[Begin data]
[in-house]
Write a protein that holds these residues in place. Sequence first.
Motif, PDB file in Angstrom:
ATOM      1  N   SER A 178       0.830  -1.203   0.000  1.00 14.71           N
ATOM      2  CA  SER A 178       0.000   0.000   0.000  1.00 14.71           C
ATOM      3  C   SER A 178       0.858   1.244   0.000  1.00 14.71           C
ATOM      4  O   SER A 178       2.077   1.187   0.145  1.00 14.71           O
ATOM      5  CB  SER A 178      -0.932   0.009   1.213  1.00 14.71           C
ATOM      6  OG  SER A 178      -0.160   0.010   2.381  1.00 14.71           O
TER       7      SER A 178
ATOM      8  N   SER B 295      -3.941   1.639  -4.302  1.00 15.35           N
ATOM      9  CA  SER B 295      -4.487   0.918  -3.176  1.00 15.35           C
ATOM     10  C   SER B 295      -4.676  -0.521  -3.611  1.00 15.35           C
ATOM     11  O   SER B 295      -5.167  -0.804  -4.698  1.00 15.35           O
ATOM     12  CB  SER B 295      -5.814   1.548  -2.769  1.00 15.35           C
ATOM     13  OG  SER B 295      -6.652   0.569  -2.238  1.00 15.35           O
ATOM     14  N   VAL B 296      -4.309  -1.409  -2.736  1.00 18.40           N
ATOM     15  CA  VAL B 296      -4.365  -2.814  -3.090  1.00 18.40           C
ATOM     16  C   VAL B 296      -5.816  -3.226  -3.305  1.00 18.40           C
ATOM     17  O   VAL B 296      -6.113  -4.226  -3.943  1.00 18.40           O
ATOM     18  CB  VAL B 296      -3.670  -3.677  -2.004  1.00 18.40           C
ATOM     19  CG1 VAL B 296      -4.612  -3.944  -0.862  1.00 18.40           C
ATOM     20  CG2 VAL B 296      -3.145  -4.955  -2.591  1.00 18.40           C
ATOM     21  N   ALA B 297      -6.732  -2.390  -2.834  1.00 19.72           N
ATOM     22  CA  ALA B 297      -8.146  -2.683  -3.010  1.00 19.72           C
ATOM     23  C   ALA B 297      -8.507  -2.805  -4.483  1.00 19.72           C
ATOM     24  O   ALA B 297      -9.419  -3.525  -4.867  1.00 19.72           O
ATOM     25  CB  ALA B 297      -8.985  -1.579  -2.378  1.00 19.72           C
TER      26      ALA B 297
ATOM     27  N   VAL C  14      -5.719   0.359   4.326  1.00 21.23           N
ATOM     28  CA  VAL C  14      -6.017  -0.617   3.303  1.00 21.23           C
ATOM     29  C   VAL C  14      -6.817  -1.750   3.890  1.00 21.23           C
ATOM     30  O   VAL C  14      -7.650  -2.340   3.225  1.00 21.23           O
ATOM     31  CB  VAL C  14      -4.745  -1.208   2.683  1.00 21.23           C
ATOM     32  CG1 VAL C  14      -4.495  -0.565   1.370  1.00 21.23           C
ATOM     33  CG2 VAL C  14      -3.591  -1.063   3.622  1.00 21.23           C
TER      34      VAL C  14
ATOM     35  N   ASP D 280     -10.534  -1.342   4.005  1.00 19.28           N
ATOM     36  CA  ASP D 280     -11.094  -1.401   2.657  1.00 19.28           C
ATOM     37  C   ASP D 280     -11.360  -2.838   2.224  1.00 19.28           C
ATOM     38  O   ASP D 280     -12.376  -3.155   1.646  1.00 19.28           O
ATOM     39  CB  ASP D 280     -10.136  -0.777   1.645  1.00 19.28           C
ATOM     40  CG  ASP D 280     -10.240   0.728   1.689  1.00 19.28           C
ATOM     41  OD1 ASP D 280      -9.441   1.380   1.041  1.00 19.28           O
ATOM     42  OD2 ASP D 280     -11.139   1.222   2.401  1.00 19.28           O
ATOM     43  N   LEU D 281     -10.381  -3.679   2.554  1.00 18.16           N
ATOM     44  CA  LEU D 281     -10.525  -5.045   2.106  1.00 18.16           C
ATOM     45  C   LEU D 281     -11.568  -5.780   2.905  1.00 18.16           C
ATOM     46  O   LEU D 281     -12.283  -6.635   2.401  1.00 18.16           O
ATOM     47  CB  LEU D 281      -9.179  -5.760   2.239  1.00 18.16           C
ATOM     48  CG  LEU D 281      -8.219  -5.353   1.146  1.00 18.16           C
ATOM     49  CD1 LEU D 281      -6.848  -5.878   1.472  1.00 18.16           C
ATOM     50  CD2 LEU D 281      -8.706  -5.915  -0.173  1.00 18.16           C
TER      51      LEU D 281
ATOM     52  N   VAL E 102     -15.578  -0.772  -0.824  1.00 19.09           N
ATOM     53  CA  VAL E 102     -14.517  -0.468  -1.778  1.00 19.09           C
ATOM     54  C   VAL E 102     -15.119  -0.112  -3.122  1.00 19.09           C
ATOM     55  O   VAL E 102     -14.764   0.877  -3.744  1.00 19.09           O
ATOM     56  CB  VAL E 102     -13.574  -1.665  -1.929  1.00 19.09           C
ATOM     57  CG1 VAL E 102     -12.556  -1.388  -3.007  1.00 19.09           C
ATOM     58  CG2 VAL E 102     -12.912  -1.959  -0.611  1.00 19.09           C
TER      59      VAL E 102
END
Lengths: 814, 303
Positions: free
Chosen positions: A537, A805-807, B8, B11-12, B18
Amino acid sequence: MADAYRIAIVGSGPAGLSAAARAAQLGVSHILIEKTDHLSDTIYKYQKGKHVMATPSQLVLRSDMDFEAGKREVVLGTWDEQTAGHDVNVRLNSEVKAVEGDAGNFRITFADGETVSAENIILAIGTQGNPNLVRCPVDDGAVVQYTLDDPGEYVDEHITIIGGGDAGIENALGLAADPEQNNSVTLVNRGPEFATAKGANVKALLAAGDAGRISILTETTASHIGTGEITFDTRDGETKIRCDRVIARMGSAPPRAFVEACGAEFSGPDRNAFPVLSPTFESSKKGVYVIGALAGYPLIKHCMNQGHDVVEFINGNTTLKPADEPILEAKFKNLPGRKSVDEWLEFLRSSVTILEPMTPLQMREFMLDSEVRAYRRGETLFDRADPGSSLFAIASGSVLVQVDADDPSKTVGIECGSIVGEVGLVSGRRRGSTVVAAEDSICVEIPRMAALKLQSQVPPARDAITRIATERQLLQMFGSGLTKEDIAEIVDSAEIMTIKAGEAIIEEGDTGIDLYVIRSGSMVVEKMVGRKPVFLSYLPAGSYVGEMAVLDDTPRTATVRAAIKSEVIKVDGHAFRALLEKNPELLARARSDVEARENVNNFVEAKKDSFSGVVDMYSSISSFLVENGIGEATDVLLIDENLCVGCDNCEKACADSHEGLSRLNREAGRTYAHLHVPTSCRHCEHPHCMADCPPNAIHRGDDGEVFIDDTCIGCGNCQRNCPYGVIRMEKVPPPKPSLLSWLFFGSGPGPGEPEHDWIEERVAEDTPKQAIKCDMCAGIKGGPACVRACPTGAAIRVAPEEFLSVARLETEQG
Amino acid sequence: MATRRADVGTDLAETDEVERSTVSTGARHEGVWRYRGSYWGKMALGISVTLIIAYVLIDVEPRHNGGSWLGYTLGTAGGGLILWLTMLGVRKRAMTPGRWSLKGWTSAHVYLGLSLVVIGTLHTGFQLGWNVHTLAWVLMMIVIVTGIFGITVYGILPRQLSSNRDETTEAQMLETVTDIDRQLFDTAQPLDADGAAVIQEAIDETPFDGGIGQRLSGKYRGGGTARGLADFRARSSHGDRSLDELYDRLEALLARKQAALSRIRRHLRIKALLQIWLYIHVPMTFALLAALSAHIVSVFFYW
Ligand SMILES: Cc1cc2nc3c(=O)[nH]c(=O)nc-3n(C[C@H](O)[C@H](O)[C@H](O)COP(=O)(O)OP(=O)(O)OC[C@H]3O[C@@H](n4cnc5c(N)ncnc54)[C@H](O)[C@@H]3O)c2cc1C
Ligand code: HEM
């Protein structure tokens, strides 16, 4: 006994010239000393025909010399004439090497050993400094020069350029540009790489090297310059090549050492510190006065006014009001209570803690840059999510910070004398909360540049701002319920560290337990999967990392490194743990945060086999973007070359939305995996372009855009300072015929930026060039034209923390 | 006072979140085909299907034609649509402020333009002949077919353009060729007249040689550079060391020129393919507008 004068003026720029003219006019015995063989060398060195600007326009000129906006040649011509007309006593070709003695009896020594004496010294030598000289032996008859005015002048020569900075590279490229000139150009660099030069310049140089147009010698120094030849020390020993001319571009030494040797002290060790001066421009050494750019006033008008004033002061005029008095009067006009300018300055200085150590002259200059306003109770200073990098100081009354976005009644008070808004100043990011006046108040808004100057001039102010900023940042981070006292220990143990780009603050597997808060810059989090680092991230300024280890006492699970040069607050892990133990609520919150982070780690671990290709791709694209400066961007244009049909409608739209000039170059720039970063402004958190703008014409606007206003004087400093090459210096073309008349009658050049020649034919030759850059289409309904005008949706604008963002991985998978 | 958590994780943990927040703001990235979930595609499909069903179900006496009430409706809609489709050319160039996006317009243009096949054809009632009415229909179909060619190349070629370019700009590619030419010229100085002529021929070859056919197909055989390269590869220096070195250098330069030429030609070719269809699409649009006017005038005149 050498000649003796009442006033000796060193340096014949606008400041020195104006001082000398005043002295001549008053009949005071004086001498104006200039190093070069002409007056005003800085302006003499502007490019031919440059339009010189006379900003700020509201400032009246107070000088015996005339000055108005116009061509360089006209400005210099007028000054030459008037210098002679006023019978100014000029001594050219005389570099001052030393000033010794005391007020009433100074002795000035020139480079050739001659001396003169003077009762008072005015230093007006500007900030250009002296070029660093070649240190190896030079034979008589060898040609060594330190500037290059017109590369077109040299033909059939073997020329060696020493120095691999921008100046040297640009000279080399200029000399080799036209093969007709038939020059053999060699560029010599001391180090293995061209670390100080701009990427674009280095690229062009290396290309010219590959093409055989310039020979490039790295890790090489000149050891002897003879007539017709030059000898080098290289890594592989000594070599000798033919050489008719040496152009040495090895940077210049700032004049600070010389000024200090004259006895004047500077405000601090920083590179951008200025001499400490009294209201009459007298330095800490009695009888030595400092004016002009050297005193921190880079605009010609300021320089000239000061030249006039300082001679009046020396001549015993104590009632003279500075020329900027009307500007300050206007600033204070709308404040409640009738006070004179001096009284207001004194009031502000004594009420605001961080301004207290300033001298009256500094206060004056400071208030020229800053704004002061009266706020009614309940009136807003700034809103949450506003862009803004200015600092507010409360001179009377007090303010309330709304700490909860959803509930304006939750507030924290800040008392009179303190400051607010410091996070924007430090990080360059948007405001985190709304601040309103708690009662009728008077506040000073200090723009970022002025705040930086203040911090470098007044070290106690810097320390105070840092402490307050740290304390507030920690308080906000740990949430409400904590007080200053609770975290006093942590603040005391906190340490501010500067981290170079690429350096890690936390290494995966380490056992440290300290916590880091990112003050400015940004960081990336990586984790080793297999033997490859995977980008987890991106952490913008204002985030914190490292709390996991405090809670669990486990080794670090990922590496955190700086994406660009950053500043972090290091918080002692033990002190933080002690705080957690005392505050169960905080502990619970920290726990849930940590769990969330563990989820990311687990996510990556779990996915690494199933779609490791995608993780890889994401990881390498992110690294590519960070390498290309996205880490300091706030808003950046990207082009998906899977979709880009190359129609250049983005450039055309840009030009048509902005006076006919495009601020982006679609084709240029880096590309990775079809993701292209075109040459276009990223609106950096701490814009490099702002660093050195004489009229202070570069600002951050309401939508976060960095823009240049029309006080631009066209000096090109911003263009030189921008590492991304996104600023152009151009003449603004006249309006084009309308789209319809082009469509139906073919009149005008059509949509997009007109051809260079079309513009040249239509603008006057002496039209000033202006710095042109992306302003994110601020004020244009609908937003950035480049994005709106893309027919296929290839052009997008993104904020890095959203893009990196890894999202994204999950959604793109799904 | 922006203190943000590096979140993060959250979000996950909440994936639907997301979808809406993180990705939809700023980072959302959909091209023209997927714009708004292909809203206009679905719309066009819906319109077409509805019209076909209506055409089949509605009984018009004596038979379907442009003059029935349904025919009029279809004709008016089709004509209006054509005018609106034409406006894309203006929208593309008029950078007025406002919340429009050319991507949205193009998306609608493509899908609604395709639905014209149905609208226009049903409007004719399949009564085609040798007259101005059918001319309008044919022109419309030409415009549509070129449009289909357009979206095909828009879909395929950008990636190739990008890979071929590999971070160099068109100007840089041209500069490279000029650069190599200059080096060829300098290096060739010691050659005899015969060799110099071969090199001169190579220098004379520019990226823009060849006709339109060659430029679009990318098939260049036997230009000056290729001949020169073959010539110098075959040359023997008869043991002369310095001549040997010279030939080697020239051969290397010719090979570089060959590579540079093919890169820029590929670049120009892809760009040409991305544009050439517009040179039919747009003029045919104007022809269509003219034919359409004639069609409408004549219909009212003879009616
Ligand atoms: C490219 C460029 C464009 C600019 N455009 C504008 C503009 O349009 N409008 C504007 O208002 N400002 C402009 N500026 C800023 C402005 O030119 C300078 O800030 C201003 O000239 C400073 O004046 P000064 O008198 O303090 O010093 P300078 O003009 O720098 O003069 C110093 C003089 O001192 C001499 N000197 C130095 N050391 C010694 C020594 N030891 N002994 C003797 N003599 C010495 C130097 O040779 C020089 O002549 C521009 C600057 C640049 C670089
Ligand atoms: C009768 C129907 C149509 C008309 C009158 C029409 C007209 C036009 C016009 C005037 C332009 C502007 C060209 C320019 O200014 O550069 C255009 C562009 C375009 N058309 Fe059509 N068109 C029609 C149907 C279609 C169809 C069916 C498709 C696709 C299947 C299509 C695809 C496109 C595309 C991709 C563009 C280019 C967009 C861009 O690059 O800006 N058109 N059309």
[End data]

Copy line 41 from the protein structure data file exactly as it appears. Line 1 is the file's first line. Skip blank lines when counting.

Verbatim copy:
ATOM     38  O   ASP D 280     -12.376  -3.155   1.646  1.00 19.28           O